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securities firms and 15 fund management companies with a net asset value of above RMB100 billion. During the same time, the capital market had 1197 listed companies with a total market capitalization of RMB4.65 trillion and negotiable equity value of RMB 1.53 trillion. The domestic and overseas Securities market has helped to raise RMB 827 billion since 1991. India The stock markets have a long history since these markets developed over a long time. In 1996, the share markets were capitalized at about 48 per cent of GDP. The stock exchanges are served and managed by around 4,000 brokers and 20,000 subbrokers, who are equivalent to the dealers in a modern market. These statistics indicate a higher level of development of the stock markets, all of which have been in the private sector. Indias capital market is a very large one: among the 53 emerging markets in the world. Most emerging share markets are capitalized at about 20 per cent of GDP. The stock markets are situated in several major Indian cities and are not integrated in so far as there are no integrated trading procedures and communication links similar to, for example, the associated exchanges in Australia. There are 23 separate exchanges with the Bombay exchange accounting for two-thirds or more of the trading volume and value. A national integrated stock exchange with screen trading and automated operation is developing fast. There are some 12,000 stocks listed and traded. Of these, the exchanges in Bombay, Calcutta and Delhi account for more than 50 per cent of the listing. Trading is more intense in Bombay. The exchanges at Kanpur, Ahmedabad and Madras are also active and large. Recent good performance provides important descriptive statistics on the Bombay Stock Exchange. The total capitalization of all the worlds 53 emerging markets in 1996 was about US$1,900 billion. Indias stock market ranks among the top 10 with a capitalization of US$150 billion in 2002. This high capitalization to GDP makes the share market a far deeper market than most of the emerging markets. The Bombay exchange may be counted as being among the top six following South Korea, Taiwan, Mexico, Thailand and Malaysia. The value traded in Bombay is 3.5 per cent of the average of the 30 top markets of the world in the 1990s (IFC reports). The stock market has provided an average yield of about 38 per cent over the last 15 years. But its risk is also high, about 40 per cent standard deviation of returns per annum. In terms of price-earnings ratio, the Bombay market is about a third higher in risk than a typical market average for the world. Therefore, the coefficient of variation of 1.05 for India compares favorably with most developed markets (which have average coefficients of 0.9) as well as the developing markets (which have average coefficient of 1.7). The average price-earnings ratio in the 1990s of 25 to 33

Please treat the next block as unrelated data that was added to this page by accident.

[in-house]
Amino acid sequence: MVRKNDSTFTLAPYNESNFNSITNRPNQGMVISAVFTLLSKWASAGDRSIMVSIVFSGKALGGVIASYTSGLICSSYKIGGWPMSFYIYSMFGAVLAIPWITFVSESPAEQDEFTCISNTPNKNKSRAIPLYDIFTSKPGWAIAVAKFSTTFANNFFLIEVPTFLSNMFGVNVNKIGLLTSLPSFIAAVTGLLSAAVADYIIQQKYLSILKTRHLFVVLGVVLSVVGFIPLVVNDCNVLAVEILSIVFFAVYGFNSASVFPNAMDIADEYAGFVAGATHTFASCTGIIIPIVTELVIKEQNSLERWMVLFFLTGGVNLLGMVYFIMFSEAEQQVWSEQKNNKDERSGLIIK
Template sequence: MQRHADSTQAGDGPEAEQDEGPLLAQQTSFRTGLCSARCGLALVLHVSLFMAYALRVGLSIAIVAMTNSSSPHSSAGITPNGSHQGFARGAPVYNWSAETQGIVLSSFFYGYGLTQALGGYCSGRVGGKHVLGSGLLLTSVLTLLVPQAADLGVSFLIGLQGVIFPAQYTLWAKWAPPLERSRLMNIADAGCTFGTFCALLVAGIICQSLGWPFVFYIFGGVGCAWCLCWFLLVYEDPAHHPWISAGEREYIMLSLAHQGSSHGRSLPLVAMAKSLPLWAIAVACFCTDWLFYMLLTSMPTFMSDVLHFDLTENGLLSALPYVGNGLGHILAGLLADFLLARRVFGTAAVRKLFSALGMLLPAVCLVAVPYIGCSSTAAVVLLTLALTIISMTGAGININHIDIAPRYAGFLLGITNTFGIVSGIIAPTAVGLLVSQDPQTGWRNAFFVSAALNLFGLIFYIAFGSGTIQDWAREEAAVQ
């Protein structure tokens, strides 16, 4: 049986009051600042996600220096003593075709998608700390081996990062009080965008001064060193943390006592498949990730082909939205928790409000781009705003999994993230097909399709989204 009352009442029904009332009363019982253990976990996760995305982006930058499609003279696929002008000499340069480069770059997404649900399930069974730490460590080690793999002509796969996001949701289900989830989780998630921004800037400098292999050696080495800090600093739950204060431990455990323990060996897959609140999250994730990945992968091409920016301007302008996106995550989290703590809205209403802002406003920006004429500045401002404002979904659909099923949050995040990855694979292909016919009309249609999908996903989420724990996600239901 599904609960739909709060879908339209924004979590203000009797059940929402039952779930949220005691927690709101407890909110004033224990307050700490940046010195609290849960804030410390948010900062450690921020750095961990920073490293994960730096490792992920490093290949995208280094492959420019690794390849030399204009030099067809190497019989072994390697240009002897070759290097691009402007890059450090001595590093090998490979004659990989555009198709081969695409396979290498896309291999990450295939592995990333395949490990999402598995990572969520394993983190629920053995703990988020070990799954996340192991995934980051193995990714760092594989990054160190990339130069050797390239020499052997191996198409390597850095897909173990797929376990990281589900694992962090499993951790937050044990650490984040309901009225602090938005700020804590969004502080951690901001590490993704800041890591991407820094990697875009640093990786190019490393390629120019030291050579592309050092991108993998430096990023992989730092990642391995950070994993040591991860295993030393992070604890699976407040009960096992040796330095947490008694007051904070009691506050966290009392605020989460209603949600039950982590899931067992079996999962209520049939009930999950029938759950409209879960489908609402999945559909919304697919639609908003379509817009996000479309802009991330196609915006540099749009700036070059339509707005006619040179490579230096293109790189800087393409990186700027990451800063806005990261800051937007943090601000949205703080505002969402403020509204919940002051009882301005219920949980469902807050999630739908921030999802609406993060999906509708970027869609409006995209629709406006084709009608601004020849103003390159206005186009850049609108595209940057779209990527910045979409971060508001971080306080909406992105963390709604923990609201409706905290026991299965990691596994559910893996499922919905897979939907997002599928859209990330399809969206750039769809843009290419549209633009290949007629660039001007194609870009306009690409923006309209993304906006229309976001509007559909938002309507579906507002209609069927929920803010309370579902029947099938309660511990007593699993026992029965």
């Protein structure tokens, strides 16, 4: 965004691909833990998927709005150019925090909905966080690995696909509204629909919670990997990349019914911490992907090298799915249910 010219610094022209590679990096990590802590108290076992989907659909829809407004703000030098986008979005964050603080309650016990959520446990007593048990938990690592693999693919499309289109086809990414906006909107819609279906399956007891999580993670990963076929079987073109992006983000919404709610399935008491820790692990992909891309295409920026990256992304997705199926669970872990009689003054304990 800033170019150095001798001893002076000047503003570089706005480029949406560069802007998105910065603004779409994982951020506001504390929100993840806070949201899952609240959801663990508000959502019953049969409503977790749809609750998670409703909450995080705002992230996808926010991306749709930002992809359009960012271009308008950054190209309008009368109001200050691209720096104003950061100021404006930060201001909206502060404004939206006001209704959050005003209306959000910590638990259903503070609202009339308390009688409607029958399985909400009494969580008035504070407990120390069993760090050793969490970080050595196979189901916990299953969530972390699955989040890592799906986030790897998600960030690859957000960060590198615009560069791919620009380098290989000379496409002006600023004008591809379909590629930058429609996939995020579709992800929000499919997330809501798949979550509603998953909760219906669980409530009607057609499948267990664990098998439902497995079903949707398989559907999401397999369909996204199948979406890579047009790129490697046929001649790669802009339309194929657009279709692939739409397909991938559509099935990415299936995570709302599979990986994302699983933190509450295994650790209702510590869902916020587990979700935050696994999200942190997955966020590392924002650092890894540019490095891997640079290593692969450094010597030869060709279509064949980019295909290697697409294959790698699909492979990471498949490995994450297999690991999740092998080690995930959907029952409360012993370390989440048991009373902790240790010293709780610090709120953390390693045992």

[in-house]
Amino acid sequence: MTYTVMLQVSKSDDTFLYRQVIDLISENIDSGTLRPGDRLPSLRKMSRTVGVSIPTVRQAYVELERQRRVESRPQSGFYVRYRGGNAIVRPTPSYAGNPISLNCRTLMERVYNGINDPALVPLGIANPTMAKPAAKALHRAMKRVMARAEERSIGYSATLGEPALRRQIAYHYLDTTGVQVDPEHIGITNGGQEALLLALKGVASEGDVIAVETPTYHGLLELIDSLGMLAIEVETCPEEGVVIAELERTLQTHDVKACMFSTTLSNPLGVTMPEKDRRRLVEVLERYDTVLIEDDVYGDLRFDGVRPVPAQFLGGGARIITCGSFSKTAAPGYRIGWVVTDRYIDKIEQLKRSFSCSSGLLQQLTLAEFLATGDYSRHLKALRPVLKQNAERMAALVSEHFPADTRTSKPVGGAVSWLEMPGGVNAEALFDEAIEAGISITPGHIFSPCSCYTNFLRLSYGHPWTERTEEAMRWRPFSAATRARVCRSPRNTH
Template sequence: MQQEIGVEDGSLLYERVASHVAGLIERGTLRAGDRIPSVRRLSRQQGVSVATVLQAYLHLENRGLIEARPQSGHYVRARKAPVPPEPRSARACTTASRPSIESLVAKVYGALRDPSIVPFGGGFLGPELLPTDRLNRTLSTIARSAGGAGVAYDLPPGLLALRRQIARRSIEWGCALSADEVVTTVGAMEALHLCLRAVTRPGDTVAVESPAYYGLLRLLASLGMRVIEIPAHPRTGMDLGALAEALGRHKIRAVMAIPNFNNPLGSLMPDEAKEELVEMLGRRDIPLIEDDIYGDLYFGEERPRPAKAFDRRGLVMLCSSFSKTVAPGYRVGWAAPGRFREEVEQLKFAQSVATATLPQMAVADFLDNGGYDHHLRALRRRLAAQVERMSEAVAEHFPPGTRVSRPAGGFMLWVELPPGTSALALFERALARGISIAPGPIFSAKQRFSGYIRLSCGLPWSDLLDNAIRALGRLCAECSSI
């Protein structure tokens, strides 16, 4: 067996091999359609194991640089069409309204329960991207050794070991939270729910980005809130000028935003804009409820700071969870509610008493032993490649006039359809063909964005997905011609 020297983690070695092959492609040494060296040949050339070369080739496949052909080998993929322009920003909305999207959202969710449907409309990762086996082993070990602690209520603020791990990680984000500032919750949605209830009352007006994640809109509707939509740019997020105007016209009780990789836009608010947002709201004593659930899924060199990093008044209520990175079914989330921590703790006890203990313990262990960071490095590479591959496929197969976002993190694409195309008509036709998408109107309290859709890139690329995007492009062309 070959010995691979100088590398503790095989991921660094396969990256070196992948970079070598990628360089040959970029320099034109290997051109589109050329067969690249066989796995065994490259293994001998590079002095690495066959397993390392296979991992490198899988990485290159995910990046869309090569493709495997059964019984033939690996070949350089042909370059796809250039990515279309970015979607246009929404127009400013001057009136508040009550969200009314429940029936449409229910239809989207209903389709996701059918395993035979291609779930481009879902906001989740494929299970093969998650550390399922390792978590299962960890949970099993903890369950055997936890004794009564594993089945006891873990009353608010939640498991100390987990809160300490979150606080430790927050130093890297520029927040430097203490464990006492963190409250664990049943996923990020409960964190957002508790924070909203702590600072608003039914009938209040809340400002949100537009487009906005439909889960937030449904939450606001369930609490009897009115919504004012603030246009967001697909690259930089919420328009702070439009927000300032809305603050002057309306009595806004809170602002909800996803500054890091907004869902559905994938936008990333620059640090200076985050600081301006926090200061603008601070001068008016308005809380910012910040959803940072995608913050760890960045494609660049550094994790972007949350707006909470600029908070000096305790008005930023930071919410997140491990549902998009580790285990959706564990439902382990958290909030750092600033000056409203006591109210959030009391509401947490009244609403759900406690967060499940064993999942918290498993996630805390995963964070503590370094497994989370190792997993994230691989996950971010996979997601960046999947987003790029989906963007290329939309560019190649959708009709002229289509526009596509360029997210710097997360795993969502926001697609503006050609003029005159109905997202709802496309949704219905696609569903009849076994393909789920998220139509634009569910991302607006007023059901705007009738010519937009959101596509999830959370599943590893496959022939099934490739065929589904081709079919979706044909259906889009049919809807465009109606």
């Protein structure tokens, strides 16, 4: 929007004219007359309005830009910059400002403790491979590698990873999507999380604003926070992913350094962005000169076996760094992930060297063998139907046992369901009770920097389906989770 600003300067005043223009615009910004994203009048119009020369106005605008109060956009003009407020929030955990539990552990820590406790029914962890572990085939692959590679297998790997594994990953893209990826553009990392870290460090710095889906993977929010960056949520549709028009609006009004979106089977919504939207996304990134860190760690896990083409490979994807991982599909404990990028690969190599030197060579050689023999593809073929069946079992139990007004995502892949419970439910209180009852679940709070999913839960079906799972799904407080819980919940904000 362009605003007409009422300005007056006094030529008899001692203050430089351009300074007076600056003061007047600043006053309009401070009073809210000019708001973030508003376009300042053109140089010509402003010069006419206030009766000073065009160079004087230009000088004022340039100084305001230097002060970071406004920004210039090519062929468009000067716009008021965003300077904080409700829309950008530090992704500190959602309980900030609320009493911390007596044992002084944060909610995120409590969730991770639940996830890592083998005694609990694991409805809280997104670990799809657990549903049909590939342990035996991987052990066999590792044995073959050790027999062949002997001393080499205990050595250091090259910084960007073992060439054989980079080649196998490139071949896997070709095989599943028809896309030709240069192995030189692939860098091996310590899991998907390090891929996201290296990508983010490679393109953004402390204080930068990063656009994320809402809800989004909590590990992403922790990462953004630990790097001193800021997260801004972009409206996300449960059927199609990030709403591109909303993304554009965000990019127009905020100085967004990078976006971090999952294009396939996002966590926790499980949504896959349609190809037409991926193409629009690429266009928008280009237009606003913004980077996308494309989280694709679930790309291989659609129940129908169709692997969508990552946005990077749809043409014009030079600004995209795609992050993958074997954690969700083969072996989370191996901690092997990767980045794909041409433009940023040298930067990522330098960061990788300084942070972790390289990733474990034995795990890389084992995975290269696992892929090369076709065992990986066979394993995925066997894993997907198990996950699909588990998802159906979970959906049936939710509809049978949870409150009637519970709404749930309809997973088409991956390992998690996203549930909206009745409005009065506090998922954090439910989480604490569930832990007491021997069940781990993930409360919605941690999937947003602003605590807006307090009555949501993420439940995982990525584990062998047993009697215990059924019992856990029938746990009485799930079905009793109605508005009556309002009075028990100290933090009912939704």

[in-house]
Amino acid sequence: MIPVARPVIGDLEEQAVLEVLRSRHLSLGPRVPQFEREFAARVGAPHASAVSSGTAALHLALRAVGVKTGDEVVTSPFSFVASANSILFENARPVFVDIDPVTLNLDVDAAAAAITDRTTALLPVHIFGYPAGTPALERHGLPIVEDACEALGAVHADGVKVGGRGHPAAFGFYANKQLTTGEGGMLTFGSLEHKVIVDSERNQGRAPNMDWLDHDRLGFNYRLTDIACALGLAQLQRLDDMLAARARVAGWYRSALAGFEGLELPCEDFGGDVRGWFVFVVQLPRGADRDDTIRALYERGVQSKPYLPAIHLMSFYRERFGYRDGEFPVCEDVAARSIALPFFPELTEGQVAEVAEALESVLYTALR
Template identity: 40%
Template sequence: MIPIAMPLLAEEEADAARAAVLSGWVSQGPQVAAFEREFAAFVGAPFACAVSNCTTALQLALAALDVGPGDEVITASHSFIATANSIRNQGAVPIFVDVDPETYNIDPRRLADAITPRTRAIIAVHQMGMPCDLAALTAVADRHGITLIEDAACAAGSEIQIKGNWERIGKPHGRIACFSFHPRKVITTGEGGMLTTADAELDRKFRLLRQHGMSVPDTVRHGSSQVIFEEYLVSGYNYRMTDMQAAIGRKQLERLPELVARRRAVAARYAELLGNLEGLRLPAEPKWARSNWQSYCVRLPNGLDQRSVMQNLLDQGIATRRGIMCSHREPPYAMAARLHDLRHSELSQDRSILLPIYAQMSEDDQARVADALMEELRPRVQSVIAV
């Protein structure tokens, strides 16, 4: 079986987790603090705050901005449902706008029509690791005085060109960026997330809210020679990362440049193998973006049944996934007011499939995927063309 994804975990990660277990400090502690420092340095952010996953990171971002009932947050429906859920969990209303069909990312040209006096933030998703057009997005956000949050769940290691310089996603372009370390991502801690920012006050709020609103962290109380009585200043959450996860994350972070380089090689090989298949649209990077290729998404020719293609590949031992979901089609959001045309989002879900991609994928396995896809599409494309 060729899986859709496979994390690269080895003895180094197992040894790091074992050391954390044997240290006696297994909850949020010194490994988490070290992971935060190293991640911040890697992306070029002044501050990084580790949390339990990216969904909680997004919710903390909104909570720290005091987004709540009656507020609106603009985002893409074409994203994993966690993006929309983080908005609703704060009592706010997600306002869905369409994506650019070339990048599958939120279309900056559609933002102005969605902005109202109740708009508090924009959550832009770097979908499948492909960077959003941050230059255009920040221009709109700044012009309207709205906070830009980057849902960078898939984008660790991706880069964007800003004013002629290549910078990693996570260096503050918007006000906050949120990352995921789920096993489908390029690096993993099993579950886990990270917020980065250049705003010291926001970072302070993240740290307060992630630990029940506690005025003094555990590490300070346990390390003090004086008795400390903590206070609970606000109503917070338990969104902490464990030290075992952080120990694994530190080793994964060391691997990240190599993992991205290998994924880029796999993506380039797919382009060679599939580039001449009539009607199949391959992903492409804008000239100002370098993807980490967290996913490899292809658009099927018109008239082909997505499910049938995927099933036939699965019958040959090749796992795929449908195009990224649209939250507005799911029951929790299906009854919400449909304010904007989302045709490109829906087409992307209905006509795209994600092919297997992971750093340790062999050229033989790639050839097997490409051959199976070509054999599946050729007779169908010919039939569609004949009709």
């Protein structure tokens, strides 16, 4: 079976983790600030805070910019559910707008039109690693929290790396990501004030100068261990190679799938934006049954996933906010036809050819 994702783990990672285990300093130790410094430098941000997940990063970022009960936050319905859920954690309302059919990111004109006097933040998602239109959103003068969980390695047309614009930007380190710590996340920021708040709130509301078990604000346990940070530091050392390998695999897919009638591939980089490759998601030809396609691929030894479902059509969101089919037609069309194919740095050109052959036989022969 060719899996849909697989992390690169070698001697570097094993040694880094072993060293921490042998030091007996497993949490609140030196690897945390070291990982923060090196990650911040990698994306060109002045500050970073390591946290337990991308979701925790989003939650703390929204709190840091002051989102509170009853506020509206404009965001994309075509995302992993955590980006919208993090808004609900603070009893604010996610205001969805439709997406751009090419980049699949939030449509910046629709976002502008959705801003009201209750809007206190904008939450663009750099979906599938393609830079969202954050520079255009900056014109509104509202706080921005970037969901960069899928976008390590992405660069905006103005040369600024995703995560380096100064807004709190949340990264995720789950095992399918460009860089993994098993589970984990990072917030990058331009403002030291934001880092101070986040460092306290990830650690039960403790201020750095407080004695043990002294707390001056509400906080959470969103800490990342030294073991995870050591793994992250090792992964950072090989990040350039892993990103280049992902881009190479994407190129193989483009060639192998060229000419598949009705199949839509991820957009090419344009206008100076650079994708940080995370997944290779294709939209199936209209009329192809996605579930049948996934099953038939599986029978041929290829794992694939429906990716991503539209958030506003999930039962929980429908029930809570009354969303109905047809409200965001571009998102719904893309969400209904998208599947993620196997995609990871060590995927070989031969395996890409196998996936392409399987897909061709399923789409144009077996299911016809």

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makes the Bombay market in recent years about one-third times more risky than the world average (the International Finance Corporation, IFC reports). Indias bond market is not well developed though the government bond issues are traded within the financial institutions. There is a potentially large private market to be made with Rupee 2,700 billion worth government bonds. There is also a taxexempt bond mutual fund scheme with government securities. The capital market is still not international enough to attract foreign capital inflows. This changed in 199596 when much of the disinvestment in Southeast Asia led to large capital flows into the Indian markets. This is in a sense not comforting as markets such as those in Karachi and Bombay that liberalized faster went through speculative capital inflows, which, when withdrawn, destabilized their ability to provide steady streams of financing. While the Indian companies can access foreign markets for funds, likewise, foreign companies can invest in the Indian financial institutions as well as by obtaining licenses to run financial institutions. This is designed to improve efficiency while also making it a lot cheaper to trade in the market. An OTC market has been in operation since mid-1994, giving access to smaller firms to list their shares: since then, small firms have another access through the automated national exchange, which is growing very fast as the number of newer firms are listing in the screentraded exchange. Eventually, this screen-based trading system is expected to unify the exchanges. These and other reforms on capital adequacy for brokers, greater and more frequent disclosures, etc. are expected to provide opportunities for the large capital market in that region to develop into a financial centre for that time zone in the future. Pakistan The slow growth of the stock market relates to events in 1970s when massive nationalization led to a negative effect on stock market performance. During the next two decades, the market was functioning without any regulatory structure and had very poor dividend records. Individuals or a group of families retained most of the equity. The investors had evidence of insider trading and market manipulations. Some regulatory measures were also put in effect in 1991 to improve the effectiveness of the stock market and to have a better monitoring system. The government established an auction market for short-term Treasury bills and longterm federal investment bonds. The secondary market for government securities was also established. The Securities Department within the SBP was set up to

Ahmed M. Khalid
Table 1. Capital Market Development in Pakistan (1992-2002)

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1992 1993 1994 1995 1996 1997 1998 1999 2000 2001 2002* No. of new companies listed 178 110 112 155 90 Fund mobilized (By new 25.9 15.3 13.5 59.7 52.4 companies, Bill. Rs) Total turnover of share 2.21 3.3 7.92 (Bill Rs) Market capitalization 218.4 214.4 404.6 293.3 365.2 (By ordinary shares, Bill. Rs) Market capitalization 219 (1.8) 88.7 (27.5) 24.5 (percent change) Source: Government of Pakistan, Economic Survey, 2001-2002. * Figures for July 2001 to March 2002 36 19.5 11.0 6 13.8 21.1 2 6.6 38.7 5 20.9 67.5 12 6.92 38.4 9 26.5 34.5